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Sudan's protest movement fears military threats over sit-in following deaths

Three people have been killed by armed forces near Khartoum's main protest site this week
Sudanese workers went on strike to demand civilian rule this week (AFP)
By Mohammed Amin in Khartoum

Sudan's opposition is increasingly nervous, following the killing of three people near the main protest site in Khartoum this week. The deaths seem to reflect a hardening of position by the country's military rulers against an almost two-month sit-in demanding civilian rule. 

The Sudanese Professionals Association (SPA), a leading organisation in the protest movement that has been a key part of a team negotiating a civilian handover with the Transitional Military Council (TMC), warned on Thursday night that the military had "shown clear signs of its intentions to use force to disperse the sit-in".

The opposition Sudanese Doctors Committee said a pregnant woman was killed on Wednesday after she was hit by a stray bullet during a shoot-out between different security forces.

The TMC has claimed the bullet had been fired by a drunk soldier. 

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The SPA said two others were killed over the past two days in the same area on Khartoum's crucial Nile Street just north of the sit-in, and accused the military of escalating the situation. 

"There has been a clear accumulation of military trucks that have the logos of the National Intelligence, the Rapid Security Forces and Security Forces in different locations around the sit-in," the SPA said in a statement. 

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The SPA also dismissed a claim made by the TMC late on Thursday calling the sit-in a danger to Sudan's security. 

"The protest site has become unsafe and represents a danger to the revolution and the revolutionaries and threatens the coherence of the state and its national security," General Bahar Ahmed al-Bahar, head of the central region in Khartoum, said in a statement he read on television.

The sit-in began on 6 April after months of protests against president Omar al-Bashir's 30-year rule, but remained in place even after his removal on 11 April, as protesters demand that the military council that replaced him also step aside. 

Several rounds of negotiations between protest leaders and the military council have not yet yielded an agreement to create a joint military and civilian transitional government, leading to a general strike by protesters this week, which saw several instances of violence by security forces. 

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An eyewitness told Middle East Eye they saw a police officer shoot a young man on Nile Street during an argument on Thursday.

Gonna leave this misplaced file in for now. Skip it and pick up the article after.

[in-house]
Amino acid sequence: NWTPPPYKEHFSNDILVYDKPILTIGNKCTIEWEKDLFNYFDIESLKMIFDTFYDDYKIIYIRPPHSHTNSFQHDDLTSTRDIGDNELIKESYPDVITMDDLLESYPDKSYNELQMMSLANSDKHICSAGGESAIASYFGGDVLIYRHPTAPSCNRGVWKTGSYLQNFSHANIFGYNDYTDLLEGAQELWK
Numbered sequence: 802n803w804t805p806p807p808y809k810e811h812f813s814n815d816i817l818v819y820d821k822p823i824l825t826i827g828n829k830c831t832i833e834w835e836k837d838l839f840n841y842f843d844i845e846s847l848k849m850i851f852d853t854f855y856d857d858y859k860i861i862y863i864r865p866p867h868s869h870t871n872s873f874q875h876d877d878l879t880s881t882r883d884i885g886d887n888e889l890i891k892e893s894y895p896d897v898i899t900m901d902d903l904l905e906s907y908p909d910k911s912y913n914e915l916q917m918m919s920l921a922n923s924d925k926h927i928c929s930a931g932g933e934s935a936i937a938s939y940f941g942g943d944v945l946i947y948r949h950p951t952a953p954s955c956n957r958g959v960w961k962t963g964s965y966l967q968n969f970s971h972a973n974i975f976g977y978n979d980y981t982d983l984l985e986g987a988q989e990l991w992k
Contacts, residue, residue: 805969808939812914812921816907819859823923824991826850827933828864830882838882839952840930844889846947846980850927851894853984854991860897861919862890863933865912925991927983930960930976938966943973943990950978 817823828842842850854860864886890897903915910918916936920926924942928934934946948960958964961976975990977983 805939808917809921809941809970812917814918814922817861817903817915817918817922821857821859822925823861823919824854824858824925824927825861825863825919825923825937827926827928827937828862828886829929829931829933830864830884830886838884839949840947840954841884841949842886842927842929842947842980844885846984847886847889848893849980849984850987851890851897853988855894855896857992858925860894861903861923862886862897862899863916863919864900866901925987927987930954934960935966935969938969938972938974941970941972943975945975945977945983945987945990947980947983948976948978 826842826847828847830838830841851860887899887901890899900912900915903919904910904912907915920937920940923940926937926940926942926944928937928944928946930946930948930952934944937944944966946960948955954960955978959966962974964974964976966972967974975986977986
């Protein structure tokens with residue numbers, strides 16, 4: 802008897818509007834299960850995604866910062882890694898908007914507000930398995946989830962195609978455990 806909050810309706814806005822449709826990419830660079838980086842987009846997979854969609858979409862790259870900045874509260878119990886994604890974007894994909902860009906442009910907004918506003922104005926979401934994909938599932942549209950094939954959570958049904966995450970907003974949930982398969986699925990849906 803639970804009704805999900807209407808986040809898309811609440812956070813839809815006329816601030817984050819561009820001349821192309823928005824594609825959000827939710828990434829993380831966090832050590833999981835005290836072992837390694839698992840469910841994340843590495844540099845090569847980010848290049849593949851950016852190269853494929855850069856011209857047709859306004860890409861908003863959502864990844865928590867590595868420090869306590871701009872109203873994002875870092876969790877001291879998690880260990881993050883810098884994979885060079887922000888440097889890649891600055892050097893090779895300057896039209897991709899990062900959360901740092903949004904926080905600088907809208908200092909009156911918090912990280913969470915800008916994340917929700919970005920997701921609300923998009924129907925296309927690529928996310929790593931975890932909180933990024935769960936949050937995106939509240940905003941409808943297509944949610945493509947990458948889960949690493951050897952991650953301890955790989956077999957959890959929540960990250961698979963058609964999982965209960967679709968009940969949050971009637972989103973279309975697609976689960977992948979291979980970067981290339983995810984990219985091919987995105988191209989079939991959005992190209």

"I saw it myself. It was like a cowboy action film. The quarrel between the two men was normal, but then suddenly one of them took a gun from one of the soldiers nearby and shot four bullets against the other. Later on, we found out the killer is a police officer," the eyewitness, who said their name was Khadiga, recalled. 

Another protester, Zuhair, told MEE that the RSF had fired against protesters trying to reach the sit-in from other areas of Khartoum. 

"While we were marching from Aldaim, Alsahafa, Gabra and other residential areas of southern Khartoum, RSF vehicles appeared and attempted to prevent us from going to the sit-in, using live bullets and some people were injured," he said.

RSF head of operations Osman Mohamed Hamid claimed the paramilitary - whose head Mohammed Hamdan Dagolo, known as Hemeti, is the military council's deputy leader - had nothing to do with the violence, while also accusing the youth based on Nile Street of illegal activities. 

Protesters have denied this, and the SPA emphasised the "imminent threat" posed by the military by highlighting a raid on Ramtan news agency earlier this week and a decision to close the offices of Al Jazeera. 

The Qatar-based TV network called the decision "an attack on media freedom, professional journalism, and the basic tenets of the right for people to know and understand the reality of what is happening in Sudan".

The military's threat

The military's actions and statements have increased fears among protesters that it may soon try to disperse the sit-in. 

Political analyst Amar Awad believes the military has been creating excuses to follow through on the threat in the coming days. 

"There are many indications that the military council is planning to break-up the sit-in, and that would have a negative impact on the political process. The military council will be the most responsible for any deterioration," he said. 

The opposition has accused the military of holding up the talks with its demand that a governing council for the transitional government should be headed by the military. 

They announced this week's two-day general strike after negotiations over the issue failed to reach an agreement last week.

Sudanese political analyst Osman Mergani said the stand-off between the two sides needs to be resolved with a vote on who should head the council. 

"This situation is serious and will lead to other negative consequences," he said. 

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